Armored Textbooks: A School Security Solution?
Bill Crozier, candidate for State Superintendent of Schools in Oklahoma, wants to put used textbooks under students' desks that can be used as shields in case of armed attack:
A candidate for state superintendent of schools said Thursday he wants thick used textbooks placed under every student's desk so they can use them for self-defense during school shootings.Don't miss Crozier's latest idea: After a trip out to the shooting range, Crozier is in favor of putting bullet-resistant Kevlar covers on the kids' texts.
"People might think it's kind of weird, crazy," said Republican Bill Crozier of Union City, a teacher and former Air Force security officer. "It is a practical thing; it's something you can do. It might be a way to deflect those bullets until police go there."
Crozier and a group of aides produced a 10-minute video Tuesday in which they shoot math, language and telephone books with a variety of weapons, including an AK-47 assault rifle and a 9mm pistol. The rifle bullet penetrated two books, including a calculus textbook, but the pistol bullet was stopped by a single book.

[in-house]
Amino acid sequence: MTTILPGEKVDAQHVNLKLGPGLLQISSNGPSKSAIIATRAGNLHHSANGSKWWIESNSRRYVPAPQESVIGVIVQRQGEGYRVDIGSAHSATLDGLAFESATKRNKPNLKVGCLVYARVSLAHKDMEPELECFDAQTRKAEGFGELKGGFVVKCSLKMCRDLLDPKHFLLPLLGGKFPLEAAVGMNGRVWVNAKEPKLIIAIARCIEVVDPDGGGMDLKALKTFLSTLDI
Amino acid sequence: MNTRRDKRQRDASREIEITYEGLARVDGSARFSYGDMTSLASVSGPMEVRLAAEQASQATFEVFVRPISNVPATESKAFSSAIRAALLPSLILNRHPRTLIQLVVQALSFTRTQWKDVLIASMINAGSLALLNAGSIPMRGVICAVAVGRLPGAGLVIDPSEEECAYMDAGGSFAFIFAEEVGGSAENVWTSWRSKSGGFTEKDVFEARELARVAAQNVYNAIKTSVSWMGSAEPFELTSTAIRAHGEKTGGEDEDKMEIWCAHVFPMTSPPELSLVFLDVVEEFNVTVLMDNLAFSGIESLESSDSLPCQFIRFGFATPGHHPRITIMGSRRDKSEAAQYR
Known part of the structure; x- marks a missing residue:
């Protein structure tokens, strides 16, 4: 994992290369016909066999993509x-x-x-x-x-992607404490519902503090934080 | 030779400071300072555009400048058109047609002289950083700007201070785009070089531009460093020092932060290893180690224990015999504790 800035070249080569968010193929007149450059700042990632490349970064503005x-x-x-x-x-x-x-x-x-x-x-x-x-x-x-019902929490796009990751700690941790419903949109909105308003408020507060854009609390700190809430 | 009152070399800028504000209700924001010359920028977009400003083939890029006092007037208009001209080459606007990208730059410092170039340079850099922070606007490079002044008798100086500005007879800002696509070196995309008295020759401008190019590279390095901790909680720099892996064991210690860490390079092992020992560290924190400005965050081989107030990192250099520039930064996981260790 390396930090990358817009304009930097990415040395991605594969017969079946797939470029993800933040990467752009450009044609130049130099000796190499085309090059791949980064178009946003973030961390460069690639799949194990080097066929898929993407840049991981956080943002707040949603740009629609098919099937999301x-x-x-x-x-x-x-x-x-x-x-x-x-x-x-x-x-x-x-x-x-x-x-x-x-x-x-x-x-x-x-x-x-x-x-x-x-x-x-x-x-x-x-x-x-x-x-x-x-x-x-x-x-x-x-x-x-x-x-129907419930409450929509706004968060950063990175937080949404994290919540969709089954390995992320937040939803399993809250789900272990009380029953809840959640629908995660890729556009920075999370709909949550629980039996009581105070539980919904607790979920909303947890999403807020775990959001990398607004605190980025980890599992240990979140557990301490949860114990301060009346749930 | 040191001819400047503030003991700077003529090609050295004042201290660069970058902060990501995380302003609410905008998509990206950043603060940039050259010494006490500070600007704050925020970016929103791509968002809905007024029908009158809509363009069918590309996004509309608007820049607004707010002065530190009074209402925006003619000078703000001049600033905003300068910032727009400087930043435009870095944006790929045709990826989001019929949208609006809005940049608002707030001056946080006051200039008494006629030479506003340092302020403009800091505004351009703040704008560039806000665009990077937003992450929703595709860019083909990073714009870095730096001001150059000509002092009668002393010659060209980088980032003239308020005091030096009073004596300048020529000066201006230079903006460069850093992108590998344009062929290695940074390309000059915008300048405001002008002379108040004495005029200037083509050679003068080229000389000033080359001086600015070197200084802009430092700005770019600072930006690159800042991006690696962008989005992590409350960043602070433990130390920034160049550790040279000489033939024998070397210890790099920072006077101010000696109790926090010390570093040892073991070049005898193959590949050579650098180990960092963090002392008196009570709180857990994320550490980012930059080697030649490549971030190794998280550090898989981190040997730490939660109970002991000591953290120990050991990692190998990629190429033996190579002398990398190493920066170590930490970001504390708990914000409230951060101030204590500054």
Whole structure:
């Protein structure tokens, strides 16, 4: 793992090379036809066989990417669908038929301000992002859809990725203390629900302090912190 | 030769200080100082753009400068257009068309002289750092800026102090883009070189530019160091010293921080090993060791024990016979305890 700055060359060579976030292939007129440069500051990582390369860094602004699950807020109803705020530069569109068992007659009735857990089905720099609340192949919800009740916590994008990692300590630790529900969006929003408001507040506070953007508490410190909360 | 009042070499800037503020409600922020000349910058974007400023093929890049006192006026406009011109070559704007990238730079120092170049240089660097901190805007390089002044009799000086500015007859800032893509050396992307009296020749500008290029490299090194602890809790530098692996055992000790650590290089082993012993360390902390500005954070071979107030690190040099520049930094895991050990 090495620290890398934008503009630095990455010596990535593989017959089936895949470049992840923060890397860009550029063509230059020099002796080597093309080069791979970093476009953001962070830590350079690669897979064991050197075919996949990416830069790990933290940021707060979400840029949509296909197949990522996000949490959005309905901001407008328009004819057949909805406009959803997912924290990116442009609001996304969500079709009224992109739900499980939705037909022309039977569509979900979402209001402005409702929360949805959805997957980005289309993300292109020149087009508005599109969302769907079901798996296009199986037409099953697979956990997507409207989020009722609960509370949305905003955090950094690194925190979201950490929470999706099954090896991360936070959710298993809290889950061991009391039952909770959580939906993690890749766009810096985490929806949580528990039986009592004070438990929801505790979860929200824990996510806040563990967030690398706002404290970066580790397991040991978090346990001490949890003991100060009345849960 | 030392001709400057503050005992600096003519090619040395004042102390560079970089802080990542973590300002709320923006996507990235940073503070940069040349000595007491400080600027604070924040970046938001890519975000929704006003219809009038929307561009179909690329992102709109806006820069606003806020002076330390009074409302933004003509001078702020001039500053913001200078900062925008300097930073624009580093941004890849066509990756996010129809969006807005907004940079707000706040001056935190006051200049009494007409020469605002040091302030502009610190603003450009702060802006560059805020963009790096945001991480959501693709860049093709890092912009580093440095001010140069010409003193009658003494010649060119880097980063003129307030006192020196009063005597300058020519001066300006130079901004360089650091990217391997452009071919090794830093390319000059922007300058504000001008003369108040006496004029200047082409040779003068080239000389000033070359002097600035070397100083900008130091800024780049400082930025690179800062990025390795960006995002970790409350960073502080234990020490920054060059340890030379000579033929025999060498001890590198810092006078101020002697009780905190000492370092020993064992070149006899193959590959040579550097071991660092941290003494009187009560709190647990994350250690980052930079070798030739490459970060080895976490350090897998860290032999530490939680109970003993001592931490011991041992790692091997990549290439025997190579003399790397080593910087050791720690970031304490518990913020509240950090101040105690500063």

Crozier said the demonstration shows that a student could effectively use a textbook as protection in a school shooting.
An Oklahoma Highway Patrol spokesman was skeptical.
"He probably needs to take a look at some ballistics tests," Lt. Pete Norwood said. "There are some rifles not even Webster's Dictionary will stop."
Crozier said he got the idea after the April 1999 shootings at Columbine High School in Littleton, Colo. The idea gained momentum after a December 1999 school shooting in Fort Gibson when a 13-year-old boy wounded five fellow students. Crozier noted that a bullet lodged in books in one student's backpack.
"You don't know where they're going to happen. You don't know when they're going to happen. There ought to be some kind of plan to react to it," Crozier said.
Six girls and a principal were killed in a recent string of shootings in Colorado, Wisconsin and at an Amish schoolhouse in Pennsylvania.
Crozier faces incumbent Sandy Garrett, a Democrat, in the Nov. 7 general election. A spokeswoman for Garrett's campaign, Kimberly Hawkins Sanders, said Garrett had no comment on Crozier's idea.
Somehow, I just don't think that Kevlar book covers would be of much help should an actual armed intruder attack a school. Putting that money into effective staff training just might make a difference.